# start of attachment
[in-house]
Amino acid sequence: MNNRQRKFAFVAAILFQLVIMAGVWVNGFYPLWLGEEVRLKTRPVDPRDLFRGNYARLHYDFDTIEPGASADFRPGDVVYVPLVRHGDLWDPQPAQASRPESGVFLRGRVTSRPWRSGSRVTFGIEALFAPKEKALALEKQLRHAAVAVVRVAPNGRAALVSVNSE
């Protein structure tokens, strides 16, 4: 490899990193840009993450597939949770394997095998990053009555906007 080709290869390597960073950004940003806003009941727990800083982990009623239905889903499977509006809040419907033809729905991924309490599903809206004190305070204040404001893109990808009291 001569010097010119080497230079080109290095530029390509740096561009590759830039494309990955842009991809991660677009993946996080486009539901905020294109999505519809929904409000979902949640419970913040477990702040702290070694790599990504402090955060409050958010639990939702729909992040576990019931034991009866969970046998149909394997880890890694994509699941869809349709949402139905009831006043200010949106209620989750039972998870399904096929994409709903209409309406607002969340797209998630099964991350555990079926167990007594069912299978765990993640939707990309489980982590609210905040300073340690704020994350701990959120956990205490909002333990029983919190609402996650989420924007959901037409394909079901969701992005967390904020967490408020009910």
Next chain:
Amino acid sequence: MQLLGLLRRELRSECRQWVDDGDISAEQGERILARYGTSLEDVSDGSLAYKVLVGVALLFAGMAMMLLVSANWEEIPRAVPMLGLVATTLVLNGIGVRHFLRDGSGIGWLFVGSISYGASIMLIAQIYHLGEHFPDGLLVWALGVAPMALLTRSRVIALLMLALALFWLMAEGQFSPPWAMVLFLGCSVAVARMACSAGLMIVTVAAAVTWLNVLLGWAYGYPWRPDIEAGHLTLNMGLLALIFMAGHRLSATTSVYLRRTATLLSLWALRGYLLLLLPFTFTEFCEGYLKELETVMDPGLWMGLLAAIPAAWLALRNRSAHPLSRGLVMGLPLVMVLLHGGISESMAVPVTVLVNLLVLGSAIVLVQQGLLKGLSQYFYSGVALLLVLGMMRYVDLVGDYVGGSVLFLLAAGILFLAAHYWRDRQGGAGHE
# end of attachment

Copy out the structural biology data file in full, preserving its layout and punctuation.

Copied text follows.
[in-house]
Amino acid sequence: MNNRQRKFAFVAAILFQLVIMAGVWVNGFYPLWLGEEVRLKTRPVDPRDLFRGNYARLHYDFDTIEPGASADFRPGDVVYVPLVRHGDLWDPQPAQASRPESGVFLRGRVTSRPWRSGSRVTFGIEALFAPKEKALALEKQLRHAAVAVVRVAPNGRAALVSVNSE
């Protein structure tokens, strides 16, 4: 490899990193840009993450597939949770394997095998990053009555906007 080709290869390597960073950004940003806003009941727990800083982990009623239905889903499977509006809040419907033809729905991924309490599903809206004190305070204040404001893109990808009291 001569010097010119080497230079080109290095530029390509740096561009590759830039494309990955842009991809991660677009993946996080486009539901905020294109999505519809929904409000979902949640419970913040477990702040702290070694790599990504402090955060409050958010639990939702729909992040576990019931034991009866969970046998149909394997880890890694994509699941869809349709949402139905009831006043200010949106209620989750039972998870399904096929994409709903209409309406607002969340797209998630099964991350555990079926167990007594069912299978765990993640939707990309489980982590609210905040300073340690704020994350701990959120956990205490909002333990029983919190609402996650989420924007959901037409394909079901969701992005967390904020967490408020009910």
Next chain:
Amino acid sequence: MQLLGLLRRELRSECRQWVDDGDISAEQGERILARYGTSLEDVSDGSLAYKVLVGVALLFAGMAMMLLVSANWEEIPRAVPMLGLVATTLVLNGIGVRHFLRDGSGIGWLFVGSISYGASIMLIAQIYHLGEHFPDGLLVWALGVAPMALLTRSRVIALLMLALALFWLMAEGQFSPPWAMVLFLGCSVAVARMACSAGLMIVTVAAAVTWLNVLLGWAYGYPWRPDIEAGHLTLNMGLLALIFMAGHRLSATTSVYLRRTATLLSLWALRGYLLLLLPFTFTEFCEGYLKELETVMDPGLWMGLLAAIPAAWLALRNRSAHPLSRGLVMGLPLVMVLLHGGISESMAVPVTVLVNLLVLGSAIVLVQQGLLKGLSQYFYSGVALLLVLGMMRYVDLVGDYVGGSVLFLLAAGILFLAAHYWRDRQGGAGHE